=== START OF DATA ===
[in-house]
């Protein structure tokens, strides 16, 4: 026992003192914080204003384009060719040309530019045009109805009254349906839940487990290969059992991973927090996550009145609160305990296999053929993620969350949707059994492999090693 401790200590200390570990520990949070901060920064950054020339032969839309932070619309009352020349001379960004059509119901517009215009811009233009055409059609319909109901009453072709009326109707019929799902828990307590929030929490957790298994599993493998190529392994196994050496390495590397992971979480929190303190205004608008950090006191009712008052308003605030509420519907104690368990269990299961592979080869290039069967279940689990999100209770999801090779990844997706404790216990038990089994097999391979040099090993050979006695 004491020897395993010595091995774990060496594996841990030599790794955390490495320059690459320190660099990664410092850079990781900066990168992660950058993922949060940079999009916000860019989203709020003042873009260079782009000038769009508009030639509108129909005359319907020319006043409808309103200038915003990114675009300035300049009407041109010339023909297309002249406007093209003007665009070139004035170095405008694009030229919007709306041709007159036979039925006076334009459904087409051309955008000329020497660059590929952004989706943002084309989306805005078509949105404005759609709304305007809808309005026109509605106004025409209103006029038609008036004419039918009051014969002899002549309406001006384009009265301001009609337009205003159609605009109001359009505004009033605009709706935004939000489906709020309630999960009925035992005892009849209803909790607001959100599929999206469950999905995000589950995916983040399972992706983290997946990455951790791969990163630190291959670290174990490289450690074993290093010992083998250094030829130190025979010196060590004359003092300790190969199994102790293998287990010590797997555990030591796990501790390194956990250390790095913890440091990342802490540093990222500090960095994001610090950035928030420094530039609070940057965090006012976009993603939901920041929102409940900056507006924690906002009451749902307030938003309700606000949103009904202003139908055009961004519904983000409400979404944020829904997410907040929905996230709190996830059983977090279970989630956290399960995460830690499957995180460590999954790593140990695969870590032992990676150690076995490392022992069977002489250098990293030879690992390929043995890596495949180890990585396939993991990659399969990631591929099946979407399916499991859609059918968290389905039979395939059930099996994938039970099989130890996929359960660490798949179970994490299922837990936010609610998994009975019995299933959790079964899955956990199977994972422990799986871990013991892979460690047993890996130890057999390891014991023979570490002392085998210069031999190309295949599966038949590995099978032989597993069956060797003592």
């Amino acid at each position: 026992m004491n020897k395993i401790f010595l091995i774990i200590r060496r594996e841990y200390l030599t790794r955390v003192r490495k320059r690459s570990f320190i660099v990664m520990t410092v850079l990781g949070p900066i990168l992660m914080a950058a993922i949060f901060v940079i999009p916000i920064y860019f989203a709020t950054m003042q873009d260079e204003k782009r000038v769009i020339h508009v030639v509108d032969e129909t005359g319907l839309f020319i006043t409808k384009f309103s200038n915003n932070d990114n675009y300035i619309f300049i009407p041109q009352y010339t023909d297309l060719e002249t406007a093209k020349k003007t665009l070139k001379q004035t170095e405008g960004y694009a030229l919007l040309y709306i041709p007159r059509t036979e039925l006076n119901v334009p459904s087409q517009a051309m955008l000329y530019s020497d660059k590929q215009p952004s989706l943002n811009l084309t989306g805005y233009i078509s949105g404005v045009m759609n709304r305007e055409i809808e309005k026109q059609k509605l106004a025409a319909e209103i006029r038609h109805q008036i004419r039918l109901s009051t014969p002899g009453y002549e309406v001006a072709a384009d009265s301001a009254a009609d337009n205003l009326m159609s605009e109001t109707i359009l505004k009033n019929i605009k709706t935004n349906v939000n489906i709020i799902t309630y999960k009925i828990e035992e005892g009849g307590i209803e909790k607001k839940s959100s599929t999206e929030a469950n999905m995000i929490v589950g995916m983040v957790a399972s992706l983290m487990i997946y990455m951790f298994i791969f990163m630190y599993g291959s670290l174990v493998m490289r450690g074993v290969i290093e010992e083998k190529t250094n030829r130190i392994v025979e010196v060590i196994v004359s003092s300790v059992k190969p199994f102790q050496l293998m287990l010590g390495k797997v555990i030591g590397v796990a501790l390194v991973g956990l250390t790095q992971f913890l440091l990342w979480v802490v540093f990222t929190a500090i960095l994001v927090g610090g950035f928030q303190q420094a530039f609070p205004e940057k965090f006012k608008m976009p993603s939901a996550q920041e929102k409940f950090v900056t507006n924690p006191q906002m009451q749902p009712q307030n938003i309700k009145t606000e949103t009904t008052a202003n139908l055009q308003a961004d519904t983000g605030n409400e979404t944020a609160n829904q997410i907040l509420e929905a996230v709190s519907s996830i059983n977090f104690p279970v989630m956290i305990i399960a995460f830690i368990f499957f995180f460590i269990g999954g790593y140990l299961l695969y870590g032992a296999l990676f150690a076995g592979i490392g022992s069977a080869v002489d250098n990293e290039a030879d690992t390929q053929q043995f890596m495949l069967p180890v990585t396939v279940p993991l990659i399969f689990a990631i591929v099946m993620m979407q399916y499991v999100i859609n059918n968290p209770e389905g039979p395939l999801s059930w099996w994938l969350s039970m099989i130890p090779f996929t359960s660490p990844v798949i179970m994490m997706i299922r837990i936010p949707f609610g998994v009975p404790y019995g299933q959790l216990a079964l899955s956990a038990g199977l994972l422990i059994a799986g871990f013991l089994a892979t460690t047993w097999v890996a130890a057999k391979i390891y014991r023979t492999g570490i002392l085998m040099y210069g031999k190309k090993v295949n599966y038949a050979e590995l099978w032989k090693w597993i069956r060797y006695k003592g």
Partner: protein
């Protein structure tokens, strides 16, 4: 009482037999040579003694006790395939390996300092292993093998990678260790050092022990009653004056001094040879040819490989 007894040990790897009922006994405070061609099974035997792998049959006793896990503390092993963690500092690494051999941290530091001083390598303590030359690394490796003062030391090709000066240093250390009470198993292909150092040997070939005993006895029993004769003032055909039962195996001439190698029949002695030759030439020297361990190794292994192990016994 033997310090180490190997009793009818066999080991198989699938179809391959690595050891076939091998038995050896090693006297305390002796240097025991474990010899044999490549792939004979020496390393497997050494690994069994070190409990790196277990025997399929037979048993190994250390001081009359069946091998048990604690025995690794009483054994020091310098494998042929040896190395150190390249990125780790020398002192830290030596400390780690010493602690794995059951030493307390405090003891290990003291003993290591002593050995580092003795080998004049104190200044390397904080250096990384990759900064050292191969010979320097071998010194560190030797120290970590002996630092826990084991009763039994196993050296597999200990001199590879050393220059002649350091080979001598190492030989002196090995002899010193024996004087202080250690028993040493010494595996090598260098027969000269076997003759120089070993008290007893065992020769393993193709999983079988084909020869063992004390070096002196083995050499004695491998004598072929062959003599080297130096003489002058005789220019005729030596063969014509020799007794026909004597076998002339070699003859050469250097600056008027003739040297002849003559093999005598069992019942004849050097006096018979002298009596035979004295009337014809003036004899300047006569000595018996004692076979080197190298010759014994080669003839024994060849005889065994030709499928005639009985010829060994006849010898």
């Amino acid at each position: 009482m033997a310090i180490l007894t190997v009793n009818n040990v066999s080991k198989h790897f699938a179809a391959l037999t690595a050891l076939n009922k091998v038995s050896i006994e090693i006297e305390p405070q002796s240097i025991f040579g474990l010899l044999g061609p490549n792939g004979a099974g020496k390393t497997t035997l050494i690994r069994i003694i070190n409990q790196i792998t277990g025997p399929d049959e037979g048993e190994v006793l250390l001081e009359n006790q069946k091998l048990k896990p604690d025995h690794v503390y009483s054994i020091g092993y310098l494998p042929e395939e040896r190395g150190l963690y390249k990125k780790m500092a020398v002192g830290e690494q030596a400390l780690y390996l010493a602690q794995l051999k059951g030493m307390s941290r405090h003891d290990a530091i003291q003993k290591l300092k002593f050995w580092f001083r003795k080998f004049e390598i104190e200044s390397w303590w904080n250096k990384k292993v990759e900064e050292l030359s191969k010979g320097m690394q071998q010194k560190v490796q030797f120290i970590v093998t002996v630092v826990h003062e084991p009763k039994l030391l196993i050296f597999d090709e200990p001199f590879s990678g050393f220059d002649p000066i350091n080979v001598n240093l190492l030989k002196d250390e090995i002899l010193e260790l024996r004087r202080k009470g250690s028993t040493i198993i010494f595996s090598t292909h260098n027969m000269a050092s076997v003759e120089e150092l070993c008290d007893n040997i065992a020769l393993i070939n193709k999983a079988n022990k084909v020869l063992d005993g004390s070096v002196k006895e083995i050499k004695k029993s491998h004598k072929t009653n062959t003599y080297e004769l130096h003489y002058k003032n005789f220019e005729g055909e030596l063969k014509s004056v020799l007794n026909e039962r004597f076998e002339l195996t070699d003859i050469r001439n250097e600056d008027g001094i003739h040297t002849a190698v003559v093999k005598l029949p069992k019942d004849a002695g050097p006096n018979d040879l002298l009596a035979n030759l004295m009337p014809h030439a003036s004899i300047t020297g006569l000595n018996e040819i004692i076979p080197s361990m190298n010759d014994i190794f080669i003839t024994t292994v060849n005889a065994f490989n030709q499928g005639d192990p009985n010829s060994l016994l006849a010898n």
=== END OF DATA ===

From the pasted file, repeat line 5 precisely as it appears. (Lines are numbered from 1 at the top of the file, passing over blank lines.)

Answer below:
């Protein structure tokens, strides 16, 4: 009482037999040579003694006790395939390996300092292993093998990678260790050092022990009653004056001094040879040819490989 007894040990790897009922006994405070061609099974035997792998049959006793896990503390092993963690500092690494051999941290530091001083390598303590030359690394490796003062030391090709000066240093250390009470198993292909150092040997070939005993006895029993004769003032055909039962195996001439190698029949002695030759030439020297361990190794292994192990016994 033997310090180490190997009793009818066999080991198989699938179809391959690595050891076939091998038995050896090693006297305390002796240097025991474990010899044999490549792939004979020496390393497997050494690994069994070190409990790196277990025997399929037979048993190994250390001081009359069946091998048990604690025995690794009483054994020091310098494998042929040896190395150190390249990125780790020398002192830290030596400390780690010493602690794995059951030493307390405090003891290990003291003993290591002593050995580092003795080998004049104190200044390397904080250096990384990759900064050292191969010979320097071998010194560190030797120290970590002996630092826990084991009763039994196993050296597999200990001199590879050393220059002649350091080979001598190492030989002196090995002899010193024996004087202080250690028993040493010494595996090598260098027969000269076997003759120089070993008290007893065992020769393993193709999983079988084909020869063992004390070096002196083995050499004695491998004598072929062959003599080297130096003489002058005789220019005729030596063969014509020799007794026909004597076998002339070699003859050469250097600056008027003739040297002849003559093999005598069992019942004849050097006096018979002298009596035979004295009337014809003036004899300047006569000595018996004692076979080197190298010759014994080669003839024994060849005889065994030709499928005639009985010829060994006849010898």